Be Like Julia

Inspiring Tales of Ms. Child and Other Women in Kitchens

The conclusion of one year and the rapidly ensuing birth of another puts me in a mood that is both reflective and anticipatory. When I began writing several years ago, I gave myself 10 years to develop a career in which writing would provide financial support and I could cook for recreation rather than profit. This is the time of year when I re-evaluate my progress and plan for the future. Seven and a half years into the deal, I've encountered two new books that detail the great changes for women in the professional cooking field and reminded me who and what inspired my career choice in the first place. A Woman's Place Is in the Kitchen (VanNostrand Reinhold, $21.95 paper) by chef Ann Cooper and Noel Riley Fitch's elegant biography of American cultural icon Julia Child, entitled Appetite for Life (Doubleday, $35.95 hard), are must-read titles for any woman (or man) currently working in the food field or considering a cooking career. As a chubby child in the Fifties and Sixties, I was not encouraged to enjoy food or spend time in the kitchen, and the alluring soda fountain at my father's downtown drugstore was pretty much off-limits. Unfortunately, my parent's concern for my weight made food the family battleground. It wasn't until I was a teenager and surreptitiously watched a large, trumpet-voiced woman named Julia Child demonstrating French cooking techniques on public television that I realized people actually had fun in the kitchen. At that point, Julia appealed to me because she was an unconventional size (so was I) and had a wonderful sense of humor about food. But she also opened my eyes to the satisfying sensual possibilities of cooking, as she did for thousands of other aspiring cooks. Not long after I discovered Julia, I had my first restaurant job. During the summers after my freshman and sophomore years of college, I worked as a hotel maid and waitress at a resort hotel in a Montana national park. Even though there were no women in the kitchen to serve as role models and the chef was a recovering alcoholic who threw kitchen utensils at hapless waiters who broke the taboo against whistling in his kitchen, I was totally smitten with restaurant work. The die was cast.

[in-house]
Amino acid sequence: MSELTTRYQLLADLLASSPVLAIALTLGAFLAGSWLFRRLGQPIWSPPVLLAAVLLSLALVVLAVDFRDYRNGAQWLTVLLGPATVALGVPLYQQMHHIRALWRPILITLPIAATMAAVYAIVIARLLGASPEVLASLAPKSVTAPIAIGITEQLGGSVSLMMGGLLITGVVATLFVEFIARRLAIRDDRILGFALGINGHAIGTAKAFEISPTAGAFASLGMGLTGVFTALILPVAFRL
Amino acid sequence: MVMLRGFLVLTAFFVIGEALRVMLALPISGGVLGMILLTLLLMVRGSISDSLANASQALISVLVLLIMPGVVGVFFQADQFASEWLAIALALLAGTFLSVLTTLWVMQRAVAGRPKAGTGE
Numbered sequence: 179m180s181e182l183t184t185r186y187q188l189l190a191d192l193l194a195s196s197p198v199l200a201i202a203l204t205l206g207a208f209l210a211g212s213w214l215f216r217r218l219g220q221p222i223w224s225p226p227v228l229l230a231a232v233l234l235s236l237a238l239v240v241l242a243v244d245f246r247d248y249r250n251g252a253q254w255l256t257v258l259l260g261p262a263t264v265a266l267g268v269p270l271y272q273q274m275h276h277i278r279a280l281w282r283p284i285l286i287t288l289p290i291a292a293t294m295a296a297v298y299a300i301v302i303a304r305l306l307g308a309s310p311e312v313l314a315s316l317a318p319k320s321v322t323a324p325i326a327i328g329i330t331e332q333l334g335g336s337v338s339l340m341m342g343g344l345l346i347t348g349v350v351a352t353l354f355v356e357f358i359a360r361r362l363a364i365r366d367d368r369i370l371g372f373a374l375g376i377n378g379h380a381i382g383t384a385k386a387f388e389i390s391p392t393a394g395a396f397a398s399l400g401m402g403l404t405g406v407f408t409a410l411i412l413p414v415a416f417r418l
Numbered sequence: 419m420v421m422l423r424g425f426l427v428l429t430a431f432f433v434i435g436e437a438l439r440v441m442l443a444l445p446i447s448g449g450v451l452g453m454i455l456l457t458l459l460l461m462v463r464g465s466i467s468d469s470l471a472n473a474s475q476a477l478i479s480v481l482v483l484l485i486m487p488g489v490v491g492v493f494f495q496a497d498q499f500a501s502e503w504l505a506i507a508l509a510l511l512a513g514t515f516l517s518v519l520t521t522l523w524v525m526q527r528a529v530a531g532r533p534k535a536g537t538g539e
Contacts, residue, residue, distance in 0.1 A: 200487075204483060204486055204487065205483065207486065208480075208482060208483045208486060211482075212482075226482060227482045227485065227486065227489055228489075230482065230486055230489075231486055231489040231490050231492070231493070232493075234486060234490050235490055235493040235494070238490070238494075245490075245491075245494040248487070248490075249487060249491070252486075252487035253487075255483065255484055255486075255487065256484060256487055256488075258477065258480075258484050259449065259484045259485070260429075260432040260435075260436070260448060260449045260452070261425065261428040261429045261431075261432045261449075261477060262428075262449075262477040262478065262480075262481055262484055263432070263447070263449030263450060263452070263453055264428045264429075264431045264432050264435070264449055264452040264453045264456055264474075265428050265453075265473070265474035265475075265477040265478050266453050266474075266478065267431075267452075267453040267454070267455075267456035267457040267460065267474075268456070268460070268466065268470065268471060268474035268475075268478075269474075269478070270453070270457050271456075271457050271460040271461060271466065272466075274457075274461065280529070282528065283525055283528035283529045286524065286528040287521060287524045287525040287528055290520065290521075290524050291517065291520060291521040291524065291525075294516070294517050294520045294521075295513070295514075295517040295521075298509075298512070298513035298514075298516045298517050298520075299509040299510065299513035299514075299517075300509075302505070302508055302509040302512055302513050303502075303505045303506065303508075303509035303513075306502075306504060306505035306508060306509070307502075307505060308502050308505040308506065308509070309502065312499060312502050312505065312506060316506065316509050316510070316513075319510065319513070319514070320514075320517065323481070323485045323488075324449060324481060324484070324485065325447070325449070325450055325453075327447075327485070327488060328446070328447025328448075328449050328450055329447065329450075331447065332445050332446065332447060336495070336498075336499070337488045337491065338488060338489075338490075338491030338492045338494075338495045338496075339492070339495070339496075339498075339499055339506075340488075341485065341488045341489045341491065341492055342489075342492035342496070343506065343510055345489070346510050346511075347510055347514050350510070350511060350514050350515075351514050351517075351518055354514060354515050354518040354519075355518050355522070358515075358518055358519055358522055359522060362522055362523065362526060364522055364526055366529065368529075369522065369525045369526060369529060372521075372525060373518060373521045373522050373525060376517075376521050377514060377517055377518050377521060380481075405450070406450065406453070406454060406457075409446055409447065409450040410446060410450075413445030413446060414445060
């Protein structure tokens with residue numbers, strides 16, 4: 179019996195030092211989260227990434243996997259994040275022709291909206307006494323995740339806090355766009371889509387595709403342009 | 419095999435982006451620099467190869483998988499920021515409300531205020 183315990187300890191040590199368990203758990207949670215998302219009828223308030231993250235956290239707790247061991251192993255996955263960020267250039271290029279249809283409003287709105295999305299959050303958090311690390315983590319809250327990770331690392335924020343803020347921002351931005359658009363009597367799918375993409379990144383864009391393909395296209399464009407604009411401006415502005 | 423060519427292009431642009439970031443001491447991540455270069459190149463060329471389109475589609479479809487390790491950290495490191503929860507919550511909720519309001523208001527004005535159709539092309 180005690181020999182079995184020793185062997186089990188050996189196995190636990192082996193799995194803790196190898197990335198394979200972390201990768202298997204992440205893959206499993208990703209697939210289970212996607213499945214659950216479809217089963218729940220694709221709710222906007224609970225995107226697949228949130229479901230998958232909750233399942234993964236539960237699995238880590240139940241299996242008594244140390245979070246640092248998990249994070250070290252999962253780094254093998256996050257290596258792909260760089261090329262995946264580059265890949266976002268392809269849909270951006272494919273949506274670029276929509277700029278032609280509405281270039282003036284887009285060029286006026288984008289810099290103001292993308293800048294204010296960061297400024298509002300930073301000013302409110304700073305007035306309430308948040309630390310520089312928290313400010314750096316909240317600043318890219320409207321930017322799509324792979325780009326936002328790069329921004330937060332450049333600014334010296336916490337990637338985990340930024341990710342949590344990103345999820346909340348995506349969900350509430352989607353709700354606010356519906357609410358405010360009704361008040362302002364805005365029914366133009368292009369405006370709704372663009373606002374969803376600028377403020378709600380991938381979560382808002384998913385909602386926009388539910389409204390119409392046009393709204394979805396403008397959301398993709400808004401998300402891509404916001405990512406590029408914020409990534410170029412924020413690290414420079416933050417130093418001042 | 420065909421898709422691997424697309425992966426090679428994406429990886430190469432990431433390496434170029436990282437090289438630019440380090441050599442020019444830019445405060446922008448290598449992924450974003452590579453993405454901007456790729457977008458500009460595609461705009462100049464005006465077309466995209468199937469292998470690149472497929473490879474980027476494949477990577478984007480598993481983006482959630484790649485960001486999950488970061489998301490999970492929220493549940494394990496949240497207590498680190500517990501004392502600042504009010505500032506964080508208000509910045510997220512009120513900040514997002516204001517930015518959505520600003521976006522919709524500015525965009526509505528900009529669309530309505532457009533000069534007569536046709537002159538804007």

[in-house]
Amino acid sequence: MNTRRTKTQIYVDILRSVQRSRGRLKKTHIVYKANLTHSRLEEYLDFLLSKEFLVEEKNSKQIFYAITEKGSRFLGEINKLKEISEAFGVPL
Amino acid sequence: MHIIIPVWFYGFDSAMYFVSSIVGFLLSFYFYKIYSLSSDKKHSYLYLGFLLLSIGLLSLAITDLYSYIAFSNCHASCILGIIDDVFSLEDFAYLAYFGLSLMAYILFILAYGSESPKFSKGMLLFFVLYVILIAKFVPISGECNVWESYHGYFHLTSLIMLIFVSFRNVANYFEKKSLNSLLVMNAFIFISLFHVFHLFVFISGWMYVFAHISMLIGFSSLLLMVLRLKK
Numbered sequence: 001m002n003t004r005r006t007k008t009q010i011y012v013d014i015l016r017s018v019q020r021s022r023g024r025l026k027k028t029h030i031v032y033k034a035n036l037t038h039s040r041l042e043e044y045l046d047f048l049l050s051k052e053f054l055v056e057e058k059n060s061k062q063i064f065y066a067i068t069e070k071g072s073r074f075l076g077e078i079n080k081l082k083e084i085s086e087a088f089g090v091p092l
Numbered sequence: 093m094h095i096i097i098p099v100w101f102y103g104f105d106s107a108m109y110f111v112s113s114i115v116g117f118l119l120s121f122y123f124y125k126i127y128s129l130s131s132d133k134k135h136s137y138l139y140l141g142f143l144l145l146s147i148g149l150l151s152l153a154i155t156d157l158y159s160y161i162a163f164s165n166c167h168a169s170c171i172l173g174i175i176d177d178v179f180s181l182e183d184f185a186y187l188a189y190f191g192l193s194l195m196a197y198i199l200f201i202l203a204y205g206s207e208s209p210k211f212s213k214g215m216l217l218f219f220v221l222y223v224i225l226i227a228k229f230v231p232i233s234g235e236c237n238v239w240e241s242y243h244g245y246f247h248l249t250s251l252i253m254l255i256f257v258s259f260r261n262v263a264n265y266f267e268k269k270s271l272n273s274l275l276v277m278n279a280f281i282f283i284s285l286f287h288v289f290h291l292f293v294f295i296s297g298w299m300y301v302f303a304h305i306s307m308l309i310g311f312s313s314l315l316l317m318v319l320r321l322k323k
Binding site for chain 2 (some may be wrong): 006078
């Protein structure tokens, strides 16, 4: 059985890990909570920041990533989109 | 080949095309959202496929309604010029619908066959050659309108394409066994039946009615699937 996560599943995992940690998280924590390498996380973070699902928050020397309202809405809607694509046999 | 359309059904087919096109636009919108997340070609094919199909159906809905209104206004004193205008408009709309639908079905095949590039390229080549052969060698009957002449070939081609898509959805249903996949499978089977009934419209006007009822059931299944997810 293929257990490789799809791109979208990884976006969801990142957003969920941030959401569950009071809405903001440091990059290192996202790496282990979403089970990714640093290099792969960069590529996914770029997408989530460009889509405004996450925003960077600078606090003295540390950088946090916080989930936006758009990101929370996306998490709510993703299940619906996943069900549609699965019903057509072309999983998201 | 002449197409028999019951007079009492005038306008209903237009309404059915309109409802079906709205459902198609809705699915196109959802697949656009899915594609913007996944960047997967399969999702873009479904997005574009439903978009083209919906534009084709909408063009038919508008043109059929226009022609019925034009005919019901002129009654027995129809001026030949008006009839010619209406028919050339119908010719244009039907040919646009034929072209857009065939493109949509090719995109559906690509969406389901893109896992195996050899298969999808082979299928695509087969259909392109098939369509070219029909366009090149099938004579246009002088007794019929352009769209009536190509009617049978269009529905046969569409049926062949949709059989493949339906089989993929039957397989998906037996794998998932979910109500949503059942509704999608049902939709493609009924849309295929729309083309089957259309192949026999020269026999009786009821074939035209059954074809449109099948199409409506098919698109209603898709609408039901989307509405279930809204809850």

While I was following my own winding path into the food business during the Seventies, women around the country were beginning to show up in cooking schools and professional kitchens. Though the percentages of women working in professional kitchens was small in that decade, the tide began to turn. By the time I worked in another resort kitchen in 1979, I was one of five women in a 60-person kitchen staff. The Eighties saw an explosion in the restaurant field, with professional culinary schools blossoming in all parts of the country and women beginning to assume positions of authority in some of the best restaurant and hotel kitchens around. Chef Ann Cooper's well-researched book traces the evolution of women chefs in America and provides the reader with tremendous insight into the serious sacrifices and rich rewards that accompany a professional cooking career. Cooper interviewed women chefs around the country (curiously, none in Texas) and uses their career histories and anecdotes to bring her statistical research to life. It's somehow very reaffirming to read that female celebrity chefs and restaurateurs have the same difficulties as those of us unknowns in the trenches. Many times during the reading of the book, I had the experience of thinking, "That's just how it was. I know just what she's talking about." Cooper's fine work should be required reading for any young woman who contemplates becoming a chef.